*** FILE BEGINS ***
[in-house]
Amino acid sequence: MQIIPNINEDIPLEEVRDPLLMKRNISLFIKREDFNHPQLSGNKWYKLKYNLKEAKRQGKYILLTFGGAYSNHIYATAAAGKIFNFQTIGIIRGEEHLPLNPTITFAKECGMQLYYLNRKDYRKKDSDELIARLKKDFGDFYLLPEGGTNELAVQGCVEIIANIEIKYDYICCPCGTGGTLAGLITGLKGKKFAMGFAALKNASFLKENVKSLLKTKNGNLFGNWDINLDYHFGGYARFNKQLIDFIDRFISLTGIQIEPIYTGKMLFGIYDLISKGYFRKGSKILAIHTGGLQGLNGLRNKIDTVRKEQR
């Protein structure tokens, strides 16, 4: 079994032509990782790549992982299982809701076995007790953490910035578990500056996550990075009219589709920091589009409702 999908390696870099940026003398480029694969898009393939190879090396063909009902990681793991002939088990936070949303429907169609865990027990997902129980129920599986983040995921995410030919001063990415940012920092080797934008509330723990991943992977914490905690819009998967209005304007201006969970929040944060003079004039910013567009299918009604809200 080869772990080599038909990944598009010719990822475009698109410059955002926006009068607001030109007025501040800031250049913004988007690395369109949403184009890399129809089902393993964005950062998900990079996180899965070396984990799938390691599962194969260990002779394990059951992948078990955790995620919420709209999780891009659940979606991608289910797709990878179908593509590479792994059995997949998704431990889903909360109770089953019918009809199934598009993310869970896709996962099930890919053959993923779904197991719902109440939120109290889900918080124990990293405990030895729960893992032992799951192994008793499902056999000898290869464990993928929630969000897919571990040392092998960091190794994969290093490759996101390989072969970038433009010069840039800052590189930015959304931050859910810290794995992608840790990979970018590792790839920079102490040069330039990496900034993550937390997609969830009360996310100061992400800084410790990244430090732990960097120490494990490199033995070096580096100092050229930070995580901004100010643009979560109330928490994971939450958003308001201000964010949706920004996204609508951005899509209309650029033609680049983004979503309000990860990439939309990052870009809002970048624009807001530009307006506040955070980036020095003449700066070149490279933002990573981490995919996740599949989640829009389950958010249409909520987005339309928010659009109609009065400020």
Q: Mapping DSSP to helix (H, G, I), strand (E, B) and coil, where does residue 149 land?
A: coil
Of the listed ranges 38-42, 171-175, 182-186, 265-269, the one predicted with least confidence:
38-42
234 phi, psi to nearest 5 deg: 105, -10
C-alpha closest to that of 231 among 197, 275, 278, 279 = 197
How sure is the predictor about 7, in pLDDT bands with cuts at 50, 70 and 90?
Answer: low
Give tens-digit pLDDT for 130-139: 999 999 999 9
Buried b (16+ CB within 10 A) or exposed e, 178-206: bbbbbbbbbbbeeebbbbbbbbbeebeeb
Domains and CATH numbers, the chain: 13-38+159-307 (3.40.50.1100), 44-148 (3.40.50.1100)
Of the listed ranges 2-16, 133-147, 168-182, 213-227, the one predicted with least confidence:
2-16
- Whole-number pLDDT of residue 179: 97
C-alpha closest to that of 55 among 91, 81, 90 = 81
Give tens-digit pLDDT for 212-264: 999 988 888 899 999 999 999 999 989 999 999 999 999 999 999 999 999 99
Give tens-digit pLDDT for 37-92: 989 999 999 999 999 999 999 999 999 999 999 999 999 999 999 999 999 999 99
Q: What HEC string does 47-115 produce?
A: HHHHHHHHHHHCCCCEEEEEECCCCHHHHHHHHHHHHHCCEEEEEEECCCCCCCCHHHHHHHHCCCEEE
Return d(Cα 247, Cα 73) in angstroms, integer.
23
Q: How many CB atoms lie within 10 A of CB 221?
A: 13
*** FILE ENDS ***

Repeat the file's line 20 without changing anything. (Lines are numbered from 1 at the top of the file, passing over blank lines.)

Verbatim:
Give tens-digit pLDDT for 37-92: 989 999 999 999 999 999 999 999 999 999 999 999 999 999 999 999 999 999 99